Government faces uphill battle to balance books by 2025, says OBR
The Office for Budget Responsibility said the objective of securing a balanced budget by the middle of the next decade was challenging.
Britain’s fiscal watchdog said the Government will struggle to hit its target of balancing the books by 2025 despite the Chancellor enjoying a brighter economic outlook.
The Office for Budget Responsibility (OBR) said Philip Hammond’s objective of securing a balanced budget by the middle of the next decade was challenging due to the growing financial pressures from an ageing population.
It said the Government was on course to record a budget deficit of £21.4 billion by 2022/23 – the time in which its current forecast ends.
The gloomy outlook provides a dampener to Mr Hammond’s Spring Statement, which saw the OBR hike its outlook for economic growth and reveal lower Government borrowing figures thanks to a rosier performance from the global economy and tax receipts.
Releasing its economic and fiscal outlook report, the watchdog said: “Achieving the broader fiscal objective of a balanced budget, interpreted as applying to 2025-26, looks challenging (although it lies beyond our formal forecasting horizon).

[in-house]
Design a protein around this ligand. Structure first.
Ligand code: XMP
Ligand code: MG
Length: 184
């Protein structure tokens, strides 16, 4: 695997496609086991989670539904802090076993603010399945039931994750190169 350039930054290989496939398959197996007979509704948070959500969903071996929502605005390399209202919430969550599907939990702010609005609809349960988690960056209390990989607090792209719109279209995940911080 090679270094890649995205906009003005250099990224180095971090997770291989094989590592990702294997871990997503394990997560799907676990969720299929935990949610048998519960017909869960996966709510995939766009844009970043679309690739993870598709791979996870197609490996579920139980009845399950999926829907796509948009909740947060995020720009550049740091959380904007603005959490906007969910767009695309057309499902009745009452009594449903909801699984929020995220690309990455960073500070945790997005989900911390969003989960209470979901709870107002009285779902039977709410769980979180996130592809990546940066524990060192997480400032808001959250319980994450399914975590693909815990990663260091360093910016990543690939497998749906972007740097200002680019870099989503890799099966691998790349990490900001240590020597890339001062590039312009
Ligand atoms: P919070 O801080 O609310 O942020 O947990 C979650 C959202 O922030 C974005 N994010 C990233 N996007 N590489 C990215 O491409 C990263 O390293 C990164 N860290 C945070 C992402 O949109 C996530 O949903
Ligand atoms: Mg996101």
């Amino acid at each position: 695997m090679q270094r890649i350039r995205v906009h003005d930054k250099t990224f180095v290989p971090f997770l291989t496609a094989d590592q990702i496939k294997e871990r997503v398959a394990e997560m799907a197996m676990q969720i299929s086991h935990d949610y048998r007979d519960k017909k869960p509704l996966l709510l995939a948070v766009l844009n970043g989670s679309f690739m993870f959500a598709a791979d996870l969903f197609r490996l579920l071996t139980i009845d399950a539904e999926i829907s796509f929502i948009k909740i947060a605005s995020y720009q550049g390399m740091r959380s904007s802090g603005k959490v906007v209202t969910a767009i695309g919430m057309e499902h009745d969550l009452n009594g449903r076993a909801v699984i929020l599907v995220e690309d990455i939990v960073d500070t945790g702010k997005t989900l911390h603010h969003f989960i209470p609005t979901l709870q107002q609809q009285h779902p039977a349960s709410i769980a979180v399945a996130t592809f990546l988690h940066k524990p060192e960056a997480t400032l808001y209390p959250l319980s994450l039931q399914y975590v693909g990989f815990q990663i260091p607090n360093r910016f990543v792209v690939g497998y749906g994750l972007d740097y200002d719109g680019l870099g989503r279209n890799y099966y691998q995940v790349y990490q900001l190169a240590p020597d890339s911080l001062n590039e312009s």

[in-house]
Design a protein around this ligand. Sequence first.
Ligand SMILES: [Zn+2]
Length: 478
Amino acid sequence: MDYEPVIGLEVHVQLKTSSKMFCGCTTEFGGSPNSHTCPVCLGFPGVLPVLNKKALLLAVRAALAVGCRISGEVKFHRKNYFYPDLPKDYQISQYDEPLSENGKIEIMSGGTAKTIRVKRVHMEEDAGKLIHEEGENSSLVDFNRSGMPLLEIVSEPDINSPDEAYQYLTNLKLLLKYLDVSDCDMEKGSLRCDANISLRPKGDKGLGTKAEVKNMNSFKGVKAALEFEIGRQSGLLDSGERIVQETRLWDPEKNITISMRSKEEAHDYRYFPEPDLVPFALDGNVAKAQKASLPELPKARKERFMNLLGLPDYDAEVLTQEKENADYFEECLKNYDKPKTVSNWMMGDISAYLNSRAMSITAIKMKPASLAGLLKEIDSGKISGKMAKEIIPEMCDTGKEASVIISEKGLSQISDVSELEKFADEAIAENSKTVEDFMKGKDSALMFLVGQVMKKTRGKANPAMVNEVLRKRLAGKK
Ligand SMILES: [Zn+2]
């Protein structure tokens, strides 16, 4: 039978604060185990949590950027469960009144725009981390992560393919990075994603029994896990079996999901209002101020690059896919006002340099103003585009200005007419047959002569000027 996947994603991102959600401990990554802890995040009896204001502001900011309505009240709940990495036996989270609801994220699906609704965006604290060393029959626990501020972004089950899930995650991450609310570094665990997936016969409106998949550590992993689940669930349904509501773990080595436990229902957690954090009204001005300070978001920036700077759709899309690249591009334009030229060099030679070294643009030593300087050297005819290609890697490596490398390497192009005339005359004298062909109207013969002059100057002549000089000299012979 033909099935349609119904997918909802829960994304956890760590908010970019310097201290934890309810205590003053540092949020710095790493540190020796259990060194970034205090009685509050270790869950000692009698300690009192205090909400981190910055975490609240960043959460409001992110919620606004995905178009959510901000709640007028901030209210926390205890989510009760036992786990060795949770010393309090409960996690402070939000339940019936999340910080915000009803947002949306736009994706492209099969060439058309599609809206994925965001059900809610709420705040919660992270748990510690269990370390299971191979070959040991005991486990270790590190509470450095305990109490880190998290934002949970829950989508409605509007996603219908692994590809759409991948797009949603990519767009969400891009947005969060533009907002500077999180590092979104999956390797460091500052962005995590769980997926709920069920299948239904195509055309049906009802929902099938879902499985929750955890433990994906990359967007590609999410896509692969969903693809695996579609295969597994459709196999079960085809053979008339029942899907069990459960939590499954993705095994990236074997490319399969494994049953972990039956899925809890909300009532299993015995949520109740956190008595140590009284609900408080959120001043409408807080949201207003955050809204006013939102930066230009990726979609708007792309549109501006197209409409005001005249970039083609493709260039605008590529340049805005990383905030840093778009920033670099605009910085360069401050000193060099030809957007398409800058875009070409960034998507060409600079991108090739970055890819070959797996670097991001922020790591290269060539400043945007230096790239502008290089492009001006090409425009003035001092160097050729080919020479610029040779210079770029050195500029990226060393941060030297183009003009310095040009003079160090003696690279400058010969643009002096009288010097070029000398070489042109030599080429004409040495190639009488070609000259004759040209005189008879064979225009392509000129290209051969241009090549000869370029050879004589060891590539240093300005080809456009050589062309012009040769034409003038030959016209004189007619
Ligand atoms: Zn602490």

“In particular, this is a period in which population ageing will continue to exert upward pressure on spending, and more so than in recent years when the State Pension age has been rising.
“Interpreted as applying to 2022-23, the objective would be missed. That year lies within our forecast horizon, at which point we forecast a headline deficit of 0.9% of GDP.”
Mr Hammond said in his Spring Statement that borrowing was due to fall in every year of the forecast and would come in at £45.2 billion this year – £4.7 billion lower than forecast in November.
Economic growth for 2018 has been revised up from 1.4% to 1.5% and is then unchanged at 1.3% in 2019 and 2020, before picking up to 1.4% in 2021 and 1.5% in 2022.
OBR chairman Robert Chote said in November that the Government may not eradicate the deficit before 2031 if it continues falling “at the average rate expected beyond the end of this spending review.”